are more driven by the idea to improve HR processes and
services. Organizations are now considering nontraditional
locations for service centers and select them creatively.
Companies that were not on board in the first wave are
now getting involved.
Top Trends by Special Expertise Panel
Future Insights 7
1. Labor law is increasingly influenced by globalization, trade
agreements and global labor standards. In addition, there
is pressure to include labor-friendly provisions in standard-
ized trade agreements and discourage offshoring through
proposed tax changes. Globalization will cause many
U.S.-based unions to look at the European Union model as
a means to gain more presence in the private sector.
2. Increased complexity in the regulatory environment will
put more pressure on companies to monitor their internal
employee relations and guard against increased organizing
activities by labor unions. Organizations will need to be
more concerned with acts that may be construed as pro-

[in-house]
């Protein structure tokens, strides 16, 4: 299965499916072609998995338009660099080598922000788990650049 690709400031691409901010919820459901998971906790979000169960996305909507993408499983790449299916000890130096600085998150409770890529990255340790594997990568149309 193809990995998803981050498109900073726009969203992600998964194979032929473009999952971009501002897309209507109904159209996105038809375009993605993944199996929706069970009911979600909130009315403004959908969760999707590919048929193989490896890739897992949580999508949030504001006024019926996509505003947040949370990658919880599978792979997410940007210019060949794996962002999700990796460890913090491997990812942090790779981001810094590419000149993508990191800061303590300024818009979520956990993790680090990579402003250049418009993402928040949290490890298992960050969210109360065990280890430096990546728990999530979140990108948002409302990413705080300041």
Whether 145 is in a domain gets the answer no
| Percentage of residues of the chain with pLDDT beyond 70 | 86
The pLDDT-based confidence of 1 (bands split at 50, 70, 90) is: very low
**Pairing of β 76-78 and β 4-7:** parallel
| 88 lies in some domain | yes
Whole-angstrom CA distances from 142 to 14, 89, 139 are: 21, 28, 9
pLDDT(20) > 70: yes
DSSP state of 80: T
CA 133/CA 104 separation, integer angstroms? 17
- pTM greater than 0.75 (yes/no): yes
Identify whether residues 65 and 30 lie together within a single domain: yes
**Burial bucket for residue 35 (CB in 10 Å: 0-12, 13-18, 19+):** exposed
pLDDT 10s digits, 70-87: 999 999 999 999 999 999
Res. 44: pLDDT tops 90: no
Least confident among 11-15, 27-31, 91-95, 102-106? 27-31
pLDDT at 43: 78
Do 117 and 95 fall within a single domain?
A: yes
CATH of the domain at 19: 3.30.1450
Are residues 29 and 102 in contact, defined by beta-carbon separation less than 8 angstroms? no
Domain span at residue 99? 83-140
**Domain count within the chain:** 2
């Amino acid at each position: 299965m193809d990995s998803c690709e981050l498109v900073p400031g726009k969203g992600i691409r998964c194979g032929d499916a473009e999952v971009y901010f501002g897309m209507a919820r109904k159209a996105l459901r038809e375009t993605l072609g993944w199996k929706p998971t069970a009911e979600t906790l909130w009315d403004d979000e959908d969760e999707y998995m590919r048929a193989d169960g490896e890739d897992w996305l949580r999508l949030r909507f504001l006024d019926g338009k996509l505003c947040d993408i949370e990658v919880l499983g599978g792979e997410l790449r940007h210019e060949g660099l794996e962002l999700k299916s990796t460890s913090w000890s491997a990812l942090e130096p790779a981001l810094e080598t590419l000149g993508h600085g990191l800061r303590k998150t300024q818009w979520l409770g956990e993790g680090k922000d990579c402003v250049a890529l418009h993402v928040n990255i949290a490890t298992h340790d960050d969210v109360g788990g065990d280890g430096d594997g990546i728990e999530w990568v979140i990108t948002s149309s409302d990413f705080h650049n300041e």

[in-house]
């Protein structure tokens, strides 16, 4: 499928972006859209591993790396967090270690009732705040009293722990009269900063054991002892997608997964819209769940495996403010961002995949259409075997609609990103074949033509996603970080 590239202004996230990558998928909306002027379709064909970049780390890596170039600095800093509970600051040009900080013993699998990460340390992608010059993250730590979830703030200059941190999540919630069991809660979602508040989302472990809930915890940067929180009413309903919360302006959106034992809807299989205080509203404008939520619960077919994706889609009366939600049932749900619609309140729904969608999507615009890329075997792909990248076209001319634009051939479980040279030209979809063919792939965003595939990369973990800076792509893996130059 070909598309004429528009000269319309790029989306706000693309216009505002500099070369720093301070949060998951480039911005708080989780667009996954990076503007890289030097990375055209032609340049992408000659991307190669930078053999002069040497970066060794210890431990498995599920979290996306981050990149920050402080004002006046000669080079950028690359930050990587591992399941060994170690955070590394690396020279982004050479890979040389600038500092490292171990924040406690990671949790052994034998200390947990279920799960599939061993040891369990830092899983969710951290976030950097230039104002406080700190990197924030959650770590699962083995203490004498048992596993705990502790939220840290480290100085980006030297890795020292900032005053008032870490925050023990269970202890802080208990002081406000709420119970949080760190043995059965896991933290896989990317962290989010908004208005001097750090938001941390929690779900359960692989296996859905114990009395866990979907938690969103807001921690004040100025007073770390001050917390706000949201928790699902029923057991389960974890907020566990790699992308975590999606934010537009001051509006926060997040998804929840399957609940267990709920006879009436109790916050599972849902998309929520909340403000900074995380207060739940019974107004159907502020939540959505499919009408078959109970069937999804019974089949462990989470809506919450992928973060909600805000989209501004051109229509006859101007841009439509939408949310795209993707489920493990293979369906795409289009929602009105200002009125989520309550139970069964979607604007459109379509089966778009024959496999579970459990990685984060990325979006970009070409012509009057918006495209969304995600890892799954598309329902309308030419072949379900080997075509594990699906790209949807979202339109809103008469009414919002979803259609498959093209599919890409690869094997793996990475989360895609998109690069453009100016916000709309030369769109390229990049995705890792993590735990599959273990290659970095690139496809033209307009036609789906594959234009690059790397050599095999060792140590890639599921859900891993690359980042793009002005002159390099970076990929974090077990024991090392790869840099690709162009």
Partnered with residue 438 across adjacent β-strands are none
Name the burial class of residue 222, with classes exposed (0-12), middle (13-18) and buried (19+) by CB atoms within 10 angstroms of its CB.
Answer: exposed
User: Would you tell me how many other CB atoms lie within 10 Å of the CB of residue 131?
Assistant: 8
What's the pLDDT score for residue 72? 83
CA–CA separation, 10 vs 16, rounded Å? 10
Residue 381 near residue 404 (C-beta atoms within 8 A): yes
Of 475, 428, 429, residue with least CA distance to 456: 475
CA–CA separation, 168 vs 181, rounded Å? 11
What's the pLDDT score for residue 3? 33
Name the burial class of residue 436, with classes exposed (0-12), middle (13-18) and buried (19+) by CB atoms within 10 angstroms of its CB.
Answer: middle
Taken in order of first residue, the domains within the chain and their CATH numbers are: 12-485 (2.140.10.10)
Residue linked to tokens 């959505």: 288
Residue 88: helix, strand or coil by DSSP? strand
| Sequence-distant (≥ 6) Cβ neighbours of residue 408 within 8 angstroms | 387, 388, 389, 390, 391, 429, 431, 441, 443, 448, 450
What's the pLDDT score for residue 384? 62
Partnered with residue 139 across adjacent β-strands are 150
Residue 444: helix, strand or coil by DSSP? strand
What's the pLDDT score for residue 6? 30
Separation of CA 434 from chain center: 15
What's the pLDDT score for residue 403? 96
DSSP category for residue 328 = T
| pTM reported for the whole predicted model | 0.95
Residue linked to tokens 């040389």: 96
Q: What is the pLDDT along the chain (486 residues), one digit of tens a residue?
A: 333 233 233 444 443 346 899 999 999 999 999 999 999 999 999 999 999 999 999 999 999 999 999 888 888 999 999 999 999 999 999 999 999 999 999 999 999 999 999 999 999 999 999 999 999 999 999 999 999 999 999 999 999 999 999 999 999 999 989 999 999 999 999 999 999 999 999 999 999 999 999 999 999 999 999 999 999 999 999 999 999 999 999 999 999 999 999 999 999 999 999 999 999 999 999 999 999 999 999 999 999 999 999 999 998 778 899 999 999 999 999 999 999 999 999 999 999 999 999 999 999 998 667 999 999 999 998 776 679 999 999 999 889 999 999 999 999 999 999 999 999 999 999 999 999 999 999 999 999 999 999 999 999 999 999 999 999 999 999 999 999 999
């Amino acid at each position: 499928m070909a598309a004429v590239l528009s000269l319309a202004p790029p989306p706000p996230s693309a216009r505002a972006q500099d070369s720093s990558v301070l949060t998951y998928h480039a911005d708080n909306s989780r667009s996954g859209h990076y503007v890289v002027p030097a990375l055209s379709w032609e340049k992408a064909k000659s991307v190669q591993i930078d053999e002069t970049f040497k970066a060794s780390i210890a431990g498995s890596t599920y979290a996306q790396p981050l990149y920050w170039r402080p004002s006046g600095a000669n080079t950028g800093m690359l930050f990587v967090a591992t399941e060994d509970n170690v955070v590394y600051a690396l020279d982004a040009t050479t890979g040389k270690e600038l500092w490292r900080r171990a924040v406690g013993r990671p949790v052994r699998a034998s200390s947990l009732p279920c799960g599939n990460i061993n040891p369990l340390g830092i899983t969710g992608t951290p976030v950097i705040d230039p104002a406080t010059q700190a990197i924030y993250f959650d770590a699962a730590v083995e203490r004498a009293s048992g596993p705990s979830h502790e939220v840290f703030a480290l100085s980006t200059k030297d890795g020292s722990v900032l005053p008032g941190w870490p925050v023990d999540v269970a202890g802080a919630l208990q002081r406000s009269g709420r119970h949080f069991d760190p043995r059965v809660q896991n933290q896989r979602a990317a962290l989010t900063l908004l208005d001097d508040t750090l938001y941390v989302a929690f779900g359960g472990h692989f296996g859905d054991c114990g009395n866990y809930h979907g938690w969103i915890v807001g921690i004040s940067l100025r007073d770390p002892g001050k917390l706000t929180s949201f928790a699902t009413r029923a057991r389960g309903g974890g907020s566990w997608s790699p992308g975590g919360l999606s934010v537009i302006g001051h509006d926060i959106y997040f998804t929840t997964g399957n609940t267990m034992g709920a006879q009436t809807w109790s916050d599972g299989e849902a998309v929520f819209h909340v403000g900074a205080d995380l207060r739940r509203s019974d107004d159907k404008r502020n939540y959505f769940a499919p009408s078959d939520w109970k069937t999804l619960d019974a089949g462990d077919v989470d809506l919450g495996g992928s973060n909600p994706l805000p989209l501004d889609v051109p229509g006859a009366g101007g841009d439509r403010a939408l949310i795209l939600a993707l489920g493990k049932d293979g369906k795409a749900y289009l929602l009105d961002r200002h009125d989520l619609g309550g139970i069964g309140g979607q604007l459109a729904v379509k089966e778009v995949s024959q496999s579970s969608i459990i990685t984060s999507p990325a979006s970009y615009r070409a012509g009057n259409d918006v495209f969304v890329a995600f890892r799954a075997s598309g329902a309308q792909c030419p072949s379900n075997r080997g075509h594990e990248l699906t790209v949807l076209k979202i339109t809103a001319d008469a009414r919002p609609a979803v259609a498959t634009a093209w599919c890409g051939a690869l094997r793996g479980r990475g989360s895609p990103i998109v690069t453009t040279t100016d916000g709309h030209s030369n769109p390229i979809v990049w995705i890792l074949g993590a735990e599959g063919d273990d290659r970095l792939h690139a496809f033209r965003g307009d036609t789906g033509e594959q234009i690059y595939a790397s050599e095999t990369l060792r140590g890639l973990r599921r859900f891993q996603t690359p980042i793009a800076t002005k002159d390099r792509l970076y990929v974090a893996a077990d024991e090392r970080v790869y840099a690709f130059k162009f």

tected/concerted activities by the National Labor Relations
Board (NLRB). Organizations may have to contend with
nontraditional forms of organizing.
3. Union organizing will become more unconventional in the
attempt to increase unions’ presence in the private sector
through micro-union organizing and through the establish-
ment of worker centers throughout the country.
4. Monitoring communication within organizations will become
more complex through the growing influence of social
media tools. The speed at which technology evolves will pose
a challenge for organizations to monitor and distinguish
between work and play. Proliferation of state laws could pose
additional challenges to HR professionals as they continue to